By Emily Drooby
Our schools will not close — it’s a strong message that came from Thomas Chadzutko, the Superintendent of Catholic Schools for Brooklyn and Queens.
“We really want the children in the classrooms,” he said while speaking with Currents News.
The firm stance comes as New York City public school students continue to learn whether or not they will be able to learn in-person, on a day-by-day basis.
Mayor Bill de Blasio has vowed to close schools if the city’s infection rate hits three percent. On Tuesday, Nov. 17, it was at 2.74. The rate has been hovering close to three for days.
Schools in the Diocese of Brooklyn are calming parents’ fears, announcing that even if the city hits that three percent benchmark, they will still keep all 69 of their schools open for in-person learning.
They added that they’re more than prepared to keep students safe.
“Our confidence really started when we submitted our reopening plans. We met with every principal and if possible board chair or pastor,” said Chadzutko. “They’ve documented all of the protocols.”
“We all have to make the basic minimum requirements that the Department of Health, both city and state, has put forth for us, we go beyond those requirements as well,” said Joan McMaster, Associate Superintendent for Principal and Teacher Personnel in the Diocese of Brooklyn.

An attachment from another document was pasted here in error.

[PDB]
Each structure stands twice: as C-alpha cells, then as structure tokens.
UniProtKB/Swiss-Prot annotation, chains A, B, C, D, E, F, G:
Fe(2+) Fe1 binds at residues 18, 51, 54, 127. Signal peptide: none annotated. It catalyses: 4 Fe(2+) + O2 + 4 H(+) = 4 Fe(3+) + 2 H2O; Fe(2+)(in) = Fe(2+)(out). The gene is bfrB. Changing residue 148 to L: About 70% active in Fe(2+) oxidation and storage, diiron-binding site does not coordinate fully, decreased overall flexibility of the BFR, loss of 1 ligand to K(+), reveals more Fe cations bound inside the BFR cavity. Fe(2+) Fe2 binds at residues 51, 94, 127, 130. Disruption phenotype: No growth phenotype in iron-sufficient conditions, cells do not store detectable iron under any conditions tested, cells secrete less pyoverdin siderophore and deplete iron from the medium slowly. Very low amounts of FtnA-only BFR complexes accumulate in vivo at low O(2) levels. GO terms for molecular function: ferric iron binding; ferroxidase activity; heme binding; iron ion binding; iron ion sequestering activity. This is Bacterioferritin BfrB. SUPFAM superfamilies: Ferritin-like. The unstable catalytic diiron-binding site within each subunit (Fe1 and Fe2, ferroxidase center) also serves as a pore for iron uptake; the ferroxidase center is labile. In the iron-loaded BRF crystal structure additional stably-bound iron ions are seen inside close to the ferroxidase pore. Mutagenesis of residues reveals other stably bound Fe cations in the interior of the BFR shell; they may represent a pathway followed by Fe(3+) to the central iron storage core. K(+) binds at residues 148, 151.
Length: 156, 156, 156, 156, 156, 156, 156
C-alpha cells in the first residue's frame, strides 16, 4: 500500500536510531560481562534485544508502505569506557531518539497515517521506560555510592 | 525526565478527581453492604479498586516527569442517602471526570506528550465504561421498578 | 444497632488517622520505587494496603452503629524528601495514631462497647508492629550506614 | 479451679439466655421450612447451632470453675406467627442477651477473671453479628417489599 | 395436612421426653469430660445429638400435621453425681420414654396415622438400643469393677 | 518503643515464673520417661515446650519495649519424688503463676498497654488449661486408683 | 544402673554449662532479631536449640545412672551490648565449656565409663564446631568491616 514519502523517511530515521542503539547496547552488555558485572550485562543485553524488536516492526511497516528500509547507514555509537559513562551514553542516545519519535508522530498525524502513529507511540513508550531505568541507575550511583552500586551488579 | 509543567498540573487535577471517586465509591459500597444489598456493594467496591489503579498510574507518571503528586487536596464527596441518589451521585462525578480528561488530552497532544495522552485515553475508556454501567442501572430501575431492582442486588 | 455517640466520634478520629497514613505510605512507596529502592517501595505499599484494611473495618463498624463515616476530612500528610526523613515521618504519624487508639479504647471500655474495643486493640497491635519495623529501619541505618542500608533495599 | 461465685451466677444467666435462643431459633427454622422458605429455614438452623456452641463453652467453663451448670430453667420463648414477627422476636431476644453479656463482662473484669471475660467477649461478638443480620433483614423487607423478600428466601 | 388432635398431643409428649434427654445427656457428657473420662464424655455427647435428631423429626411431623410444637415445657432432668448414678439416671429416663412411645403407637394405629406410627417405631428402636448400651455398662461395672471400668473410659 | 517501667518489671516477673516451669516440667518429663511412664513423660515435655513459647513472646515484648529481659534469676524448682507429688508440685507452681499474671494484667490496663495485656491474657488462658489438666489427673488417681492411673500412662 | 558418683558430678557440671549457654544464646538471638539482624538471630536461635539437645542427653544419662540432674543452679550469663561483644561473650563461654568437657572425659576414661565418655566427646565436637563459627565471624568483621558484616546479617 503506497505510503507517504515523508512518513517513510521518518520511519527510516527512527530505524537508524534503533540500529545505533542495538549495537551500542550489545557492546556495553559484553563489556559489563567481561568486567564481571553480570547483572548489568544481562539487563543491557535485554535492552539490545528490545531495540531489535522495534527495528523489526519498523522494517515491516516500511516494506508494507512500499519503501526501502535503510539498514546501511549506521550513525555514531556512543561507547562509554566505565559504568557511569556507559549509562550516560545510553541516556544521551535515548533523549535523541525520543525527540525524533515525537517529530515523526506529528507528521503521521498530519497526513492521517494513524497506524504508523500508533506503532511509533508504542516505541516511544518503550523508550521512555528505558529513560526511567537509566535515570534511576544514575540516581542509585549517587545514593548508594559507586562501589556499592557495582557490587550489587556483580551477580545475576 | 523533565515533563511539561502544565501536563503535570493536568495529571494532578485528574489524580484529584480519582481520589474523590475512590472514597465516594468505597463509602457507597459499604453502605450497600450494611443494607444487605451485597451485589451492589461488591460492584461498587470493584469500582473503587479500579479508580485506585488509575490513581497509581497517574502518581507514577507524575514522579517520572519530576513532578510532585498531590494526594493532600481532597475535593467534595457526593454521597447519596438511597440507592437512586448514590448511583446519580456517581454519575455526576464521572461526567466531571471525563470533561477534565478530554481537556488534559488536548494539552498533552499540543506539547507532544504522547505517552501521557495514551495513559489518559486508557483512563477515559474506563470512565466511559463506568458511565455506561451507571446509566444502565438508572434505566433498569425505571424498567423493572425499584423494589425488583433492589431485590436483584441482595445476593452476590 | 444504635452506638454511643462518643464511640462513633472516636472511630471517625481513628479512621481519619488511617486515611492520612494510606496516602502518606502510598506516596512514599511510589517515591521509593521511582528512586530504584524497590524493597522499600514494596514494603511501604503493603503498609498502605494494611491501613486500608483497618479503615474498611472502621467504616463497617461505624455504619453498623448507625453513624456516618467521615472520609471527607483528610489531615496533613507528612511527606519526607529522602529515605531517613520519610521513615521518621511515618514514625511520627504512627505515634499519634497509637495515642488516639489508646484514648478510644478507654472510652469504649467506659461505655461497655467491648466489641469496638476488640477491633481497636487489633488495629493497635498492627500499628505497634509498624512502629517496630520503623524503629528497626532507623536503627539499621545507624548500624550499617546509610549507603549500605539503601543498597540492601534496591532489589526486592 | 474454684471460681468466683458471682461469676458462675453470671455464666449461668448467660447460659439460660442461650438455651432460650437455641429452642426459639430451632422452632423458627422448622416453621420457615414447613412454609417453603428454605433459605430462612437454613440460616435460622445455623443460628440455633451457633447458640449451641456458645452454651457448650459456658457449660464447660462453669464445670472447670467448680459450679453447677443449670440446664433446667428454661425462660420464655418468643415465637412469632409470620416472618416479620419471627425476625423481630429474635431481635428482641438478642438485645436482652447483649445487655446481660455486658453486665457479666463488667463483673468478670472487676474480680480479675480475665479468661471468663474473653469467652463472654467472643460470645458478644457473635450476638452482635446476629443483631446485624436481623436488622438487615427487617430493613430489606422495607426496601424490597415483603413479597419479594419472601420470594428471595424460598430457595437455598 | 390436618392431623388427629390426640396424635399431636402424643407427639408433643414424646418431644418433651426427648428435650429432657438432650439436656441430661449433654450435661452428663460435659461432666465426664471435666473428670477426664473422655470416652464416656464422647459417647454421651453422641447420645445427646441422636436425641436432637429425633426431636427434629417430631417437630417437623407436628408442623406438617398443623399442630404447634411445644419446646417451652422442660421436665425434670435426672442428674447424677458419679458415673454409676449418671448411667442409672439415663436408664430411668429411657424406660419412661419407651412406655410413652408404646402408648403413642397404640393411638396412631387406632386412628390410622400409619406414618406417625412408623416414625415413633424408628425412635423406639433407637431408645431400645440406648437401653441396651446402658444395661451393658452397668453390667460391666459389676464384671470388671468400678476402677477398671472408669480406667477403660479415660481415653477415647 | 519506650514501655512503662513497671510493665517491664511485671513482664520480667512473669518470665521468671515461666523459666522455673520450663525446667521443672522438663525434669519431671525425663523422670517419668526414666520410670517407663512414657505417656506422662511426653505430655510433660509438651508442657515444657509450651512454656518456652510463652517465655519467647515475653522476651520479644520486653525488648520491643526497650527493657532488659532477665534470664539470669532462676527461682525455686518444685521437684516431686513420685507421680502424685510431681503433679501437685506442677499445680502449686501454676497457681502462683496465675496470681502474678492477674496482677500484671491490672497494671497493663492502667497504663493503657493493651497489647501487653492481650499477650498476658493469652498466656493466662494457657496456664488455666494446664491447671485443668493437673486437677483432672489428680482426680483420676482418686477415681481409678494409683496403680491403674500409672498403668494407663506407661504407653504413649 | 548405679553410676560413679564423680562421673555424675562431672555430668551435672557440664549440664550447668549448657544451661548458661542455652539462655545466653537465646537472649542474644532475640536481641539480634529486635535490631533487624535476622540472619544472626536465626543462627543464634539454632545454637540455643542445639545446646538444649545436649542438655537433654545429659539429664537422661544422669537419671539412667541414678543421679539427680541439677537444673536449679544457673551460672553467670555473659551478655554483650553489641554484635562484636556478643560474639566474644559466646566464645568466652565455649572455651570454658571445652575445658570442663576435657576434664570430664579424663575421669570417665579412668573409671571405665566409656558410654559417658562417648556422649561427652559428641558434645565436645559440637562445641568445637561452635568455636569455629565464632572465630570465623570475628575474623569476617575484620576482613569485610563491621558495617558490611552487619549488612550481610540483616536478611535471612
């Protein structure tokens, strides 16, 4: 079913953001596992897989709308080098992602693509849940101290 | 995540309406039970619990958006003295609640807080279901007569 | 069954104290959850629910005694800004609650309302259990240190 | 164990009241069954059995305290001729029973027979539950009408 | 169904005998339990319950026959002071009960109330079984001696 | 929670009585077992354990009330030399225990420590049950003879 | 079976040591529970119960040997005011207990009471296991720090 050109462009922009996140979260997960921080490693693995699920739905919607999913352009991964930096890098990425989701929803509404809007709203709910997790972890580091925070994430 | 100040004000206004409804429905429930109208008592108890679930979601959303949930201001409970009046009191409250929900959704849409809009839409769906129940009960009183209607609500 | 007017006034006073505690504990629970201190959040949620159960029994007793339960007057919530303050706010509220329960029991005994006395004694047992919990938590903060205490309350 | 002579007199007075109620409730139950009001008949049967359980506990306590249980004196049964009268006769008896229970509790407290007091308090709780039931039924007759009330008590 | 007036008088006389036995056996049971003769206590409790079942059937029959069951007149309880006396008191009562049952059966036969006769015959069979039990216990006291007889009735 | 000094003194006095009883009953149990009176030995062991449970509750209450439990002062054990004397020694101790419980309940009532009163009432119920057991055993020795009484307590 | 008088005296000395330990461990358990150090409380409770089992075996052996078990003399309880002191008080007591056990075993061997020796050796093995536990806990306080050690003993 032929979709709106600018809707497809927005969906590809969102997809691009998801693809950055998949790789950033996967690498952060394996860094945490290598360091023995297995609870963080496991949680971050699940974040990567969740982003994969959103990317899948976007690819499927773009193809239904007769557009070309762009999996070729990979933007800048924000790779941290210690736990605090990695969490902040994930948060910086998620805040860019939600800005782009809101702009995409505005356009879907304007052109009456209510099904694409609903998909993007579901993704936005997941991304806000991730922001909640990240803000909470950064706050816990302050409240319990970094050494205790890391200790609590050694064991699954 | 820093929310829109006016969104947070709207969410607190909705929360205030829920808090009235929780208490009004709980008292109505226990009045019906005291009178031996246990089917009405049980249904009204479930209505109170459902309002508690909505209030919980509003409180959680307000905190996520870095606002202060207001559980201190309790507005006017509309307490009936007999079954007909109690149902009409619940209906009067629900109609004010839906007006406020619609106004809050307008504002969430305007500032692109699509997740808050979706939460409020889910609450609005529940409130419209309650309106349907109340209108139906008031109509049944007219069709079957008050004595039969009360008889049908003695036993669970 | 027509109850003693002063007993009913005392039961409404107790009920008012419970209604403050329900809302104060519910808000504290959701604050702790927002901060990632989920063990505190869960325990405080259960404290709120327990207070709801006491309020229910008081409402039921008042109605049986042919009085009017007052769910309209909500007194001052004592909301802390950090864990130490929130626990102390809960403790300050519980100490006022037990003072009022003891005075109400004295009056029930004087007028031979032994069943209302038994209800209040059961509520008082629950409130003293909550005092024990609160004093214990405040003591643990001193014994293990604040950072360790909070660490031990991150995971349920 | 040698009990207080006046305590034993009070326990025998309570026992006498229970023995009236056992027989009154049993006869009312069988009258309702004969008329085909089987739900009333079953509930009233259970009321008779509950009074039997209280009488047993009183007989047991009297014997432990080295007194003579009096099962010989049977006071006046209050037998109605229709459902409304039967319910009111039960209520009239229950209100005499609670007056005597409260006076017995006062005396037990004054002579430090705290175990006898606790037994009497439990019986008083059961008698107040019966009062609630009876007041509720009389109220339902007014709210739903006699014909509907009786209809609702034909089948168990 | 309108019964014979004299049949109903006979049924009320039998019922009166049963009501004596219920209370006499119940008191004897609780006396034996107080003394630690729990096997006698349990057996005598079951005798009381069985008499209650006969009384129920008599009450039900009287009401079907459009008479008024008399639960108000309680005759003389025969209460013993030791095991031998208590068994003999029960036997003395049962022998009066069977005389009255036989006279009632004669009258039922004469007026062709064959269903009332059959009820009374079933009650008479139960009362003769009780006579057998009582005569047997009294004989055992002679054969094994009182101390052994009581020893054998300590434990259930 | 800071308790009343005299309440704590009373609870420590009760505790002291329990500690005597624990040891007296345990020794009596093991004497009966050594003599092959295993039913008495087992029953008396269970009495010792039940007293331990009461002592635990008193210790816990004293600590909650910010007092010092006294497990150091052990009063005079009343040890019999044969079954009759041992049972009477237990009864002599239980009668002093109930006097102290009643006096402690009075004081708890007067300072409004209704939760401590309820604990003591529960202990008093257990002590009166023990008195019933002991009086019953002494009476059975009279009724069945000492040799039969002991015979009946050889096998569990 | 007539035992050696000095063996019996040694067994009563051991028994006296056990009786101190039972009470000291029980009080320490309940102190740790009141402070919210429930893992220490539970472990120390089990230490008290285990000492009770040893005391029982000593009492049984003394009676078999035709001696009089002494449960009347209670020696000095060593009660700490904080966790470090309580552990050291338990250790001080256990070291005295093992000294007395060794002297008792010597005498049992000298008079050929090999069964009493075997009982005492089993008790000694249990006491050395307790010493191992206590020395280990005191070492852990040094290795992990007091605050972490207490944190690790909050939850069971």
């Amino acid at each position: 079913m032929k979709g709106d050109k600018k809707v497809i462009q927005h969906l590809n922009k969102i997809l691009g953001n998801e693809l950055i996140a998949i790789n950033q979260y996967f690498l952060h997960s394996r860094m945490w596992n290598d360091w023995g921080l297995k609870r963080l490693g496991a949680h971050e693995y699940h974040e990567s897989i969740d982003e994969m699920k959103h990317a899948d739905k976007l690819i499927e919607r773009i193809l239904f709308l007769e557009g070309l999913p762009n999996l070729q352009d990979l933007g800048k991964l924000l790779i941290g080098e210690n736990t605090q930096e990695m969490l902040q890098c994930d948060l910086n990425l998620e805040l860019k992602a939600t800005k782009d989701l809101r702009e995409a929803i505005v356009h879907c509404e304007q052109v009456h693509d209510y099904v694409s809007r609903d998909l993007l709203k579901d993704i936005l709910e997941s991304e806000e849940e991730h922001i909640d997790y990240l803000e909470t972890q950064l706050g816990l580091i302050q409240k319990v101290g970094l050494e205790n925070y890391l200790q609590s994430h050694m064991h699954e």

Along with the normal health checks like daily screenings, they’ve been able to prevent the spread by staying diligent and communicating.
“The cases that have come in, been reported to us, are really when we traced them back, these are events that are beyond our control on the weekend. Events where there have been Halloween parties, sporting events, oddly enough, sleepovers,” said Chadzutko.
Principals report to the assistant superintendent, who works with the health department to deal with the potential spread. This will be especially important as students go into the holiday season.
“Even when there’s possible exposures, they call us right away and they say this happened, someone’s grandmother was over and might have gotten ill and what do we do?” asked McMaster.
The schools are also facing a steep financial hurdle: how to pay for mandatory testing in hot spot zones.
It can cost anywhere from $2,000 to $10,000 a week per school, which adds up. For example, all yellow zone schools testing combined is an estimated $84,000 a week. That’s money the schools have to cover.
“I was provided information about applying for a grant, I’m actually in the process of working that grant out,” Chadzutko said. “The grant would cover about 1.3 million, that’s the ask.”
They won’t have the final number for that grant until — and if — it comes through.